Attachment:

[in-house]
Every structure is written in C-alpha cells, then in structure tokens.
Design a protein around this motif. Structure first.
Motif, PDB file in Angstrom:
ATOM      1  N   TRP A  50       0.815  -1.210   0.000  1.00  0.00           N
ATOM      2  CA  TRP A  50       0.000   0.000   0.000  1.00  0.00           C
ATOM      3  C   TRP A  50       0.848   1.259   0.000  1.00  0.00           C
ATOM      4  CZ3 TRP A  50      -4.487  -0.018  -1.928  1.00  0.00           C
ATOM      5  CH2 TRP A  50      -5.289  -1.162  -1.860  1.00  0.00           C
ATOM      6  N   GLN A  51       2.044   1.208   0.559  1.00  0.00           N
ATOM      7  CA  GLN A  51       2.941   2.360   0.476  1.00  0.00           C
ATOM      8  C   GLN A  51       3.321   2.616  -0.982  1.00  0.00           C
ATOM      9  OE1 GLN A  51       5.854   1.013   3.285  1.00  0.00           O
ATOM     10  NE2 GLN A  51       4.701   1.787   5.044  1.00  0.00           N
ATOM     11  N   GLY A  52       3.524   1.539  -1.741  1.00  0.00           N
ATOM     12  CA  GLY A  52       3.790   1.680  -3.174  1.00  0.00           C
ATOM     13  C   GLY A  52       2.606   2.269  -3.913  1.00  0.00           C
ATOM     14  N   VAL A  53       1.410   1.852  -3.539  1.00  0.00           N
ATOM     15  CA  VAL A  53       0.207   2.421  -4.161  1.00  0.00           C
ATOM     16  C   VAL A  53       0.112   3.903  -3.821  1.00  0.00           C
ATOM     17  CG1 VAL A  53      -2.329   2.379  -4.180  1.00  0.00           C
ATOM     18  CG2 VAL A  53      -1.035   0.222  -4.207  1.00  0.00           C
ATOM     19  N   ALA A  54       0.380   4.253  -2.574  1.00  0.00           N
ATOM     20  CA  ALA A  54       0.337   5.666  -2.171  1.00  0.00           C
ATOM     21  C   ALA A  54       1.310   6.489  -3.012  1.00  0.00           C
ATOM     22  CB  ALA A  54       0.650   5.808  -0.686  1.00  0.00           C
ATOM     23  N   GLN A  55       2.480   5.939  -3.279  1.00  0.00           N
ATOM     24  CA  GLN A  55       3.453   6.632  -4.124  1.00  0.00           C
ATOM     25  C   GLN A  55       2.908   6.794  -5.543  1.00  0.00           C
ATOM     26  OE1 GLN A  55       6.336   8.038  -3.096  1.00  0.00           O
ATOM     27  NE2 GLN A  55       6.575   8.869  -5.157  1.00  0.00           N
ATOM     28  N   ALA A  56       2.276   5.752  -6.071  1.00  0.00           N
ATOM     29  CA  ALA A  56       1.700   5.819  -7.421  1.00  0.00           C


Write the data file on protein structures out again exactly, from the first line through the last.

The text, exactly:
[in-house]
Every structure is written in C-alpha cells, then in structure tokens.
Design a protein around this motif. Structure first.
Motif, PDB file in Angstrom:
ATOM      1  N   TRP A  50       0.815  -1.210   0.000  1.00  0.00           N
ATOM      2  CA  TRP A  50       0.000   0.000   0.000  1.00  0.00           C
ATOM      3  C   TRP A  50       0.848   1.259   0.000  1.00  0.00           C
ATOM      4  CZ3 TRP A  50      -4.487  -0.018  -1.928  1.00  0.00           C
ATOM      5  CH2 TRP A  50      -5.289  -1.162  -1.860  1.00  0.00           C
ATOM      6  N   GLN A  51       2.044   1.208   0.559  1.00  0.00           N
ATOM      7  CA  GLN A  51       2.941   2.360   0.476  1.00  0.00           C
ATOM      8  C   GLN A  51       3.321   2.616  -0.982  1.00  0.00           C
ATOM      9  OE1 GLN A  51       5.854   1.013   3.285  1.00  0.00           O
ATOM     10  NE2 GLN A  51       4.701   1.787   5.044  1.00  0.00           N
ATOM     11  N   GLY A  52       3.524   1.539  -1.741  1.00  0.00           N
ATOM     12  CA  GLY A  52       3.790   1.680  -3.174  1.00  0.00           C
ATOM     13  C   GLY A  52       2.606   2.269  -3.913  1.00  0.00           C
ATOM     14  N   VAL A  53       1.410   1.852  -3.539  1.00  0.00           N
ATOM     15  CA  VAL A  53       0.207   2.421  -4.161  1.00  0.00           C
ATOM     16  C   VAL A  53       0.112   3.903  -3.821  1.00  0.00           C
ATOM     17  CG1 VAL A  53      -2.329   2.379  -4.180  1.00  0.00           C
ATOM     18  CG2 VAL A  53      -1.035   0.222  -4.207  1.00  0.00           C
ATOM     19  N   ALA A  54       0.380   4.253  -2.574  1.00  0.00           N
ATOM     20  CA  ALA A  54       0.337   5.666  -2.171  1.00  0.00           C
ATOM     21  C   ALA A  54       1.310   6.489  -3.012  1.00  0.00           C
ATOM     22  CB  ALA A  54       0.650   5.808  -0.686  1.00  0.00           C
ATOM     23  N   GLN A  55       2.480   5.939  -3.279  1.00  0.00           N
ATOM     24  CA  GLN A  55       3.453   6.632  -4.124  1.00  0.00           C
ATOM     25  C   GLN A  55       2.908   6.794  -5.543  1.00  0.00           C
ATOM     26  OE1 GLN A  55       6.336   8.038  -3.096  1.00  0.00           O
ATOM     27  NE2 GLN A  55       6.575   8.869  -5.157  1.00  0.00           N
ATOM     28  N   ALA A  56       2.276   5.752  -6.071  1.00  0.00           N
ATOM     29  CA  ALA A  56       1.700   5.819  -7.421  1.00  0.00           C